## Relationship between fatigue and vibrations

## Relationship between fatigue and vibrations

(OP)

Hello,

I'm posting this thread to ask about the Relationship between fatigue and vibrations.

I know that to characterize failure due to fatigue one needs to calculate the accumulative damage, that is the sum of damages done by each cycle independantly ( each cycle is determined by its frequency, it's amplitude and mean value for sinusoidal loadings.

I also know that if a structure or a part is subjected to loads oscillating at it's natural frequency, we get what's called resonance. This leads to increasing deformations and thus failure.

What i'm having a problem with is that fatigue damage does not take into consideration ( and correct me if i'm wrong) the resonance and natural frequencies, so how can one determine the cause of failure ( fatigue or resonance) ? are fatigue and vibrations independant notions ? if not what is the relationship between them ?

I'm posting this thread to ask about the Relationship between fatigue and vibrations.

I know that to characterize failure due to fatigue one needs to calculate the accumulative damage, that is the sum of damages done by each cycle independantly ( each cycle is determined by its frequency, it's amplitude and mean value for sinusoidal loadings.

I also know that if a structure or a part is subjected to loads oscillating at it's natural frequency, we get what's called resonance. This leads to increasing deformations and thus failure.

What i'm having a problem with is that fatigue damage does not take into consideration ( and correct me if i'm wrong) the resonance and natural frequencies, so how can one determine the cause of failure ( fatigue or resonance) ? are fatigue and vibrations independant notions ? if not what is the relationship between them ?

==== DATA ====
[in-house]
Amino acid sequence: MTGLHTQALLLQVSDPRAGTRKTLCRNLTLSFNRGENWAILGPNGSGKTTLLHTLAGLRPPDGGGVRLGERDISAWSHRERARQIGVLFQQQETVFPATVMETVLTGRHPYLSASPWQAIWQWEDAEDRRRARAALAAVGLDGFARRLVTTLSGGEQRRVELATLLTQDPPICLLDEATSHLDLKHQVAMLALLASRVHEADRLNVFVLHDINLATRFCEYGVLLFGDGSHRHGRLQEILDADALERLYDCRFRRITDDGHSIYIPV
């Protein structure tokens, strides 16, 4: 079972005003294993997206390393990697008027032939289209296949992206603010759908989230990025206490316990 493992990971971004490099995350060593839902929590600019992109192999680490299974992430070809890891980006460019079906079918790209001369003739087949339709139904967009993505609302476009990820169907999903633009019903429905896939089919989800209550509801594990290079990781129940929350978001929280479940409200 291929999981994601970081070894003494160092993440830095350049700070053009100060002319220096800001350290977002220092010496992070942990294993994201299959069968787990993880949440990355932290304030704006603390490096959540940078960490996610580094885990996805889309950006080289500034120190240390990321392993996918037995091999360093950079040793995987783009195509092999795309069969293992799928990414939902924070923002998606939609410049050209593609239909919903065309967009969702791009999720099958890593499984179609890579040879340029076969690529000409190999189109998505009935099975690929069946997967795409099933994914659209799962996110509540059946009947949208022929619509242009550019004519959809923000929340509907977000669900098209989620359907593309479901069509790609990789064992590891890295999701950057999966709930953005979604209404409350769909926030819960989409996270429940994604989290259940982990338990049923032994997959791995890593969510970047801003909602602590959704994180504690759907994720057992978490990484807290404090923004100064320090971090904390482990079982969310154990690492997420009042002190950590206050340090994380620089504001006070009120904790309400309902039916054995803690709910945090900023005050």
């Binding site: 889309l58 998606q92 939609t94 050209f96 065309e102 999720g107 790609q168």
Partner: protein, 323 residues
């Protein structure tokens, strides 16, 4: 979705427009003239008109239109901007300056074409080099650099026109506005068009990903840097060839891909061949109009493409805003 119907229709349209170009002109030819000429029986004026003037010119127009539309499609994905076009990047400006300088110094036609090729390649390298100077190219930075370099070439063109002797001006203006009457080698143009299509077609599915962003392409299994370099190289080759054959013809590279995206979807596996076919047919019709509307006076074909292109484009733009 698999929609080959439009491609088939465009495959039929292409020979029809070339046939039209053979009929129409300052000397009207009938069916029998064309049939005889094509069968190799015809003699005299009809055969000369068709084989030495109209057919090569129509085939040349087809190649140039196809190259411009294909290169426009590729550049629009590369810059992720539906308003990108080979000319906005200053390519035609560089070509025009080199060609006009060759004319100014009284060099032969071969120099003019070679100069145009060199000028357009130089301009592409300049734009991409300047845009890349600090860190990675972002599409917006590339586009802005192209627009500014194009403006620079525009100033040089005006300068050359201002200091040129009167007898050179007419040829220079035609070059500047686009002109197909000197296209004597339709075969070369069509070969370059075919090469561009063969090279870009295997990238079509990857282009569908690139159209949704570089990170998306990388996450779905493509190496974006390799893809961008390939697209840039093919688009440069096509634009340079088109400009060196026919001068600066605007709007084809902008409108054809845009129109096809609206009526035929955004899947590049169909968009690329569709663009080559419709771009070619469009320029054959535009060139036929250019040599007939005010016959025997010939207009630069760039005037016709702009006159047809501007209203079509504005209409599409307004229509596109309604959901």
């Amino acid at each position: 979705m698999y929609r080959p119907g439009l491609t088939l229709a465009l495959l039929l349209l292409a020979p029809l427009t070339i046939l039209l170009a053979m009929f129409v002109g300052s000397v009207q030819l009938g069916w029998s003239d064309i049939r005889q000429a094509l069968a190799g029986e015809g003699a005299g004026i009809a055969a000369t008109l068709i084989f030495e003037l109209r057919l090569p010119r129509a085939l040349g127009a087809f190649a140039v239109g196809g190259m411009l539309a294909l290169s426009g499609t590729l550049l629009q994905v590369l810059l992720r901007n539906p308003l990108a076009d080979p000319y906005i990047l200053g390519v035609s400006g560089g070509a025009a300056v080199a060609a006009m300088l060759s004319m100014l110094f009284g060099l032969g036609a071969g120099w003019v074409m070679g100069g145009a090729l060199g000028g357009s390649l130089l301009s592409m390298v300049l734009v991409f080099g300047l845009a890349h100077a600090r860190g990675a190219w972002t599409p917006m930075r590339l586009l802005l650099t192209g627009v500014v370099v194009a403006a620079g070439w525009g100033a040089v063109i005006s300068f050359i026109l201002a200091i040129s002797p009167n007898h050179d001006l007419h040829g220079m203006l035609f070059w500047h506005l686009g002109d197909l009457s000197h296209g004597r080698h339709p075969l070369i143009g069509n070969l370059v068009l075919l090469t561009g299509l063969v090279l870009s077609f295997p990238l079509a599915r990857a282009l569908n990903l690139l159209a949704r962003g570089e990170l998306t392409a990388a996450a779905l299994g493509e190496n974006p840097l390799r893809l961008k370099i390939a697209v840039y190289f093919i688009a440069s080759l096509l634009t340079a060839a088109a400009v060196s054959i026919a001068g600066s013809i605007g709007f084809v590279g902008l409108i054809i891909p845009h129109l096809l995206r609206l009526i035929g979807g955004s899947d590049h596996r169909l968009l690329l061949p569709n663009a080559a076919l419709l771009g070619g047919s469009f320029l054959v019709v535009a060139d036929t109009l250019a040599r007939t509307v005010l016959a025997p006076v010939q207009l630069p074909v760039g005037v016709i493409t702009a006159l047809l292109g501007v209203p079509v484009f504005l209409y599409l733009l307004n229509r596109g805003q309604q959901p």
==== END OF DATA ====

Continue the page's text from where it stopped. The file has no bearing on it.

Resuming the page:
## RE: Relationship between fatigue and vibrations

Cheers

Greg Locock

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## RE: Relationship between fatigue and vibrations

A nice example is the occurence of a torsional fatigue failure in a crankshaft of a combustion engine. At resonance speed and with a defective torsional vibration damper, life span of the crankshaft is days or weeks, no more, due to the relatively high frequency of the natural frequency of a crankshaft.

## RE: Relationship between fatigue and vibrations

What you might be looking for is using Mile's Equation combined with Miner's Rule which allows a method of damage prediction in a random vibration environment. (https://femci.gsfc.nasa.gov/workshop/2001/posters/...)

You are correct in that we typically assume that nearly all the damage during random vibration will occur due to resonance excitation. From a Power Spectral Density curve describing a random vibration environment we can use Mile's Equation to estimate the statistical 1-sigma, 2-sigma and 3-sigma peak acceleration due to resonance. We then assume these different 1-sigma, 2-sigma, and 3-sigma levels have a von mises distribution (1-sigma=68%,2-sigma=27%,3-sigma=4%)and use these levels and occurrences with miner's rule to estimate damage.

## RE: Relationship between fatigue and vibrations

As a dividing line, if the cyclic event is mainly deterministic it is treated in the time domain; if instead the stochastic component is predominant, then the validation of the part is based on vibration testing (i.e. in the frequency domain).

If you want to go deeper this topic, you'll soon realise that there is a lot of knowledge available. You may find useful to consult the following references:

- MIL-STD-810G

- "Mechanical Vibration and Shock Analysis, vol. 4: Fatigue Damage" by Christian Lalanne

- nCode online webinars (e.g. this)

## RE: Relationship between fatigue and vibrations